Tag Archives: Milk

Ice Cream… Vanilla v Vanilla Flavoured Ice Cream…



Oh dear!

What is in our Ice cream?


Vanilla ice cream is made from fresh milk, cream, egg yolks, sugar and vanilla that sounds straightforward to me…Doesn’t it?

Nothing could be further from the truth according to WHICH the consumer survey company when they did a product review on Vanilla Ice cream only 1 in 5, contained fresh milk, cream and vanilla…

And they named names…Asda, Tesco and Walls vanilla ice cream contain no fresh milk, cream or vanilla. Although Asda’s Extra Special  Madagascan brand of vanilla ice cream does…


I know that vanilla is expensive to buy and the prices have recently increased but I am sure given the sheer volume which manufacturers have to buy that the cost would be substantially reduced… It seems to me that if you buy a more expensive ice cream that it will be made from fresh milk, cream and vanilla…

All children love ice cream and regardless of the financial situation of their parents/guardians shouldn’t they all expect to be shown the same duty of care from manufacturers…

Just saying!

Not all ice cream makers are the baddies…Hagen Das vanilla ice cream contains 39% fresh cream, condensed skimmed milk, sugar, egg yolk and vanilla extract…at what cost though?? The pots are very small and would certainly not feed a family of 4 or the portion would be small…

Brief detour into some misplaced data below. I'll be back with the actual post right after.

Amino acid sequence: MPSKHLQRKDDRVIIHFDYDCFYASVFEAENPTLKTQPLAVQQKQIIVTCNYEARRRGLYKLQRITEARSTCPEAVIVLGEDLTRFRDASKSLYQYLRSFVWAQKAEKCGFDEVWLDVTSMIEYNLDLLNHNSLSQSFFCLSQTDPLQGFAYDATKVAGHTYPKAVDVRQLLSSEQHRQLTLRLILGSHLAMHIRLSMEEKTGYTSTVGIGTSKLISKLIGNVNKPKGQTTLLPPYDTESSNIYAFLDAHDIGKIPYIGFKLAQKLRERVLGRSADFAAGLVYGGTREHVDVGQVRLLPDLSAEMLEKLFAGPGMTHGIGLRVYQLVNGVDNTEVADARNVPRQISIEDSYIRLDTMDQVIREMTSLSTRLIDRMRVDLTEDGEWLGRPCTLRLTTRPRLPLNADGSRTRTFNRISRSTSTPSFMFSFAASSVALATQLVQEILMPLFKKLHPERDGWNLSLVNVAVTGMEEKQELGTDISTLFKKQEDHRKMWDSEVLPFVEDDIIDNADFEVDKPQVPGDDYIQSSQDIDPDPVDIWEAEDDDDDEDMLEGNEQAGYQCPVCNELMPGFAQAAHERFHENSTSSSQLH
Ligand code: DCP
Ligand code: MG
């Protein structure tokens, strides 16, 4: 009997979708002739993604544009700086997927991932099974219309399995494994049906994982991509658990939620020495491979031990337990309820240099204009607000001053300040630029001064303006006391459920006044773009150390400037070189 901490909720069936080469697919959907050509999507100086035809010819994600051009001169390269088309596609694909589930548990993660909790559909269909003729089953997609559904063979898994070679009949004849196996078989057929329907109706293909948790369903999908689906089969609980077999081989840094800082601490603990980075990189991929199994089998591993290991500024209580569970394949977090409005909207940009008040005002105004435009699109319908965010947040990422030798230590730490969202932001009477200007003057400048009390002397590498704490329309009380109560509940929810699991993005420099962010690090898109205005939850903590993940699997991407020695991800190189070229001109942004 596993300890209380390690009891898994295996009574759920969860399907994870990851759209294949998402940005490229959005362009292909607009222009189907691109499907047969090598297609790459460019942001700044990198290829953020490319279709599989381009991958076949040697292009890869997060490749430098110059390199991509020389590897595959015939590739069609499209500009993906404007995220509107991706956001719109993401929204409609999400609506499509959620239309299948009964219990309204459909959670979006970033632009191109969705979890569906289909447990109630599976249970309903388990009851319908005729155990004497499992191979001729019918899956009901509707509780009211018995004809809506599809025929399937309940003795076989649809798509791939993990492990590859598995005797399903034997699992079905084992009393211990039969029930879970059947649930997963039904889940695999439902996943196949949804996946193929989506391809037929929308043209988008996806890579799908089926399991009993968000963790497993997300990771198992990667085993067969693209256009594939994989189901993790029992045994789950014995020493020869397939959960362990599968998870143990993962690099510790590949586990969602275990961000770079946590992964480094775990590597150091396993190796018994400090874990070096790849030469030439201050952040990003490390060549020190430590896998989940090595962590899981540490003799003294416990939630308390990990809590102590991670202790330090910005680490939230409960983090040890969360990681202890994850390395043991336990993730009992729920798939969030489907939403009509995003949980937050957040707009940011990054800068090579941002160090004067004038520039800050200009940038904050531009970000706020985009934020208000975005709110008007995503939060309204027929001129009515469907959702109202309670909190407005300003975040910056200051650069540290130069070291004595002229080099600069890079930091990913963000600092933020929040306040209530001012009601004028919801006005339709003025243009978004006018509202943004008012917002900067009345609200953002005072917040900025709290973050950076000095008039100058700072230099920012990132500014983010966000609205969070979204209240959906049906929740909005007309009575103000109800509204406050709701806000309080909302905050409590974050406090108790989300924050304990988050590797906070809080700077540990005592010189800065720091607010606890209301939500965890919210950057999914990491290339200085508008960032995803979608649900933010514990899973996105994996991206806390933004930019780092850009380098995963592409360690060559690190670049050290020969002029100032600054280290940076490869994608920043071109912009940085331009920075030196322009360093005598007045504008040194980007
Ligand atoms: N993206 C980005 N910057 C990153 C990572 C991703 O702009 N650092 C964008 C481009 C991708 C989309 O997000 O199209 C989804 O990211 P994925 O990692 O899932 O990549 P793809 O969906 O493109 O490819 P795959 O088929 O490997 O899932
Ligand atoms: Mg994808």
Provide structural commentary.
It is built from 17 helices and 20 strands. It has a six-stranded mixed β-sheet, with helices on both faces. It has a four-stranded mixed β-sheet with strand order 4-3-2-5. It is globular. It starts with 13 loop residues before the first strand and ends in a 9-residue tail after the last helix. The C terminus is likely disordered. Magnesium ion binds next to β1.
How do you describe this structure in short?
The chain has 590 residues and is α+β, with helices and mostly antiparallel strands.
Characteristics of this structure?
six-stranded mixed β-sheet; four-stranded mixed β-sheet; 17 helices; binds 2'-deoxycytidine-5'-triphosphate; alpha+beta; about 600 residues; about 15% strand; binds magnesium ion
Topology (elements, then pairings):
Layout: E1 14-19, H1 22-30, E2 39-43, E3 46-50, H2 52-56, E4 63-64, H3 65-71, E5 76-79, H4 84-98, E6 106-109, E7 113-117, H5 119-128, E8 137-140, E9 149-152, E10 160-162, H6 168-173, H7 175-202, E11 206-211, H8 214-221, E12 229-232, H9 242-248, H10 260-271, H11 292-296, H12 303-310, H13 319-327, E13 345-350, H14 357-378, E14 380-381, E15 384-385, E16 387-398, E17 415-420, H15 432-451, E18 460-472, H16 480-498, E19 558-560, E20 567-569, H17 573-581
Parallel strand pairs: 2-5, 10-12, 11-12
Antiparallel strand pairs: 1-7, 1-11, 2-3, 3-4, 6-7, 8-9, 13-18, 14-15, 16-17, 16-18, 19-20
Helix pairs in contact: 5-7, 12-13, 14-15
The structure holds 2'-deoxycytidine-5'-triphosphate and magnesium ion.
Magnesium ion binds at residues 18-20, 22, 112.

To get a good vanilla ice cream the cost per portion is high…

So if your ice cream is missing any of the above ingredients what are they being replaced by??

Cream and milk are replaced by partially reconstructed skimmed milk or whey protein …Whey protein is what is left over from cheese making ( on my previous post). Historically whey used to be considered as a waste product and was pumped into rivers and streams in the US but because it prevented sunlight and oxygen reaching the water it led to increased amounts of algae growing…A hazard to the eco-system meant that the government banned this practice. Hence it was used as a cheap filler for ice cream in dairy ice cream it counts towards the dairy protein percentage required and is also used in  Protein Drinks and other health products.

Is whey safe?

Whey protein is considered a complete protein as it contains all 9 essential amino acids. It is low in lactose content. … Possible dangers include nausea and headaches, but at moderate doses, whey protein is not considered dangerous.

Moderate doses and not considered dangerous that all rings alarm bells for me…So many products have been deemed to be safe in the past and now they have been proved the opposite…

Vanilla is often replaced by ” general flavouring” so if it doesn’t state natural flavouring then it will most likely be vanillin which is a synthetic flavouring.

What is vanillin and what is it made from?